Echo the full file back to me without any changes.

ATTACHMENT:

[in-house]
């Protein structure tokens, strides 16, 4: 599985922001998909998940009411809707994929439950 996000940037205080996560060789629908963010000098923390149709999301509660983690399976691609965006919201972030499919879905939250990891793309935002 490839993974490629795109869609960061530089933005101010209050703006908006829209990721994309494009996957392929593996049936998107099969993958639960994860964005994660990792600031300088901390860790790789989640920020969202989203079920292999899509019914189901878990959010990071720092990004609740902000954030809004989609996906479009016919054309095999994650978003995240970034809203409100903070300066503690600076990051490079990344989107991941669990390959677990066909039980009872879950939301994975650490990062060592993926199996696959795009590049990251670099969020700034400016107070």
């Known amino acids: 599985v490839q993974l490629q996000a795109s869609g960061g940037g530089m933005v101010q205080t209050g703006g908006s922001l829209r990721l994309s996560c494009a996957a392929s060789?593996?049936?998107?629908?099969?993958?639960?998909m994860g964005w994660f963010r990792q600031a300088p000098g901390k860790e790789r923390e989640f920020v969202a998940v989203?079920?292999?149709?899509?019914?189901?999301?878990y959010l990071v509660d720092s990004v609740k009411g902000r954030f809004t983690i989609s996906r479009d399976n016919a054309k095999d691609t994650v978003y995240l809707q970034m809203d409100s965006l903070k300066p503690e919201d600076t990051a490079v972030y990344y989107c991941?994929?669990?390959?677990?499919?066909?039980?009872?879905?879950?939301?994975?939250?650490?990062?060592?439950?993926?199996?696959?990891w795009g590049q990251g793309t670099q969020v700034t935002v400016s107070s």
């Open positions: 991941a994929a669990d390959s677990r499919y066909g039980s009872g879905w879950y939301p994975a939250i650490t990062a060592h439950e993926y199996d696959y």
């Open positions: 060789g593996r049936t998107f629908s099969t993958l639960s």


[in-house]
């Protein structure tokens, strides 16, 4: 599985922001998909998940009411809707994929439950 996000940037205080996560060789629908963010000098923390149709999301509660983690399976691609965006919201972030499919879905939250990891793309935002 490839993974490629795109869609960061530089933005101010209050703006908006829209990721994309494009996957392929593996049936998107099969993958639960994860964005994660990792600031300088901390860790790789989640920020969202989203079920292999899509019914189901878990959010990071720092990004609740902000954030809004989609996906479009016919054309095999994650978003995240970034809203409100903070300066503690600076990051490079990344989107991941669990390959677990066909039980009872879950939301994975650490990062060592993926199996696959795009590049990251670099969020700034400016107070």
């Known amino acids: 599985v490839q993974l490629q996000a795109s869609g960061g940037g530089m933005v101010q205080t209050g703006g908006s922001l829209r990721l994309s996560c494009a996957a392929s060789?593996?049936?998107?629908?099969?993958?639960?998909m994860g964005w994660f963010r990792q600031a300088p000098g901390k860790e790789r923390e989640f920020v969202a998940v989203?079920?292999?149709?899509?019914?189901?999301?878990y959010l990071v509660d720092s990004v609740k009411g902000r954030f809004t983690i989609s996906r479009d399976n016919a054309k095999d691609t994650v978003y995240l809707q970034m809203d409100s965006l903070k300066p503690e919201d600076t990051a490079v972030y990344y989107c991941?994929?669990?390959?677990?499919?066909?039980?009872?879905?879950?939301?994975?939250?650490?990062?060592?439950?993926?199996?696959?990891w795009g590049q990251g793309t670099q969020v700034t935002v400016s107070s």
């Open positions: 991941a994929a669990d390959s677990r499919y066909g039980s009872g879905w879950y939301p994975a939250i650490t990062a060592h439950e993926y199996d696959y």
């Open positions: 060789g593996r049936t998107f629908s099969t993958l639960s």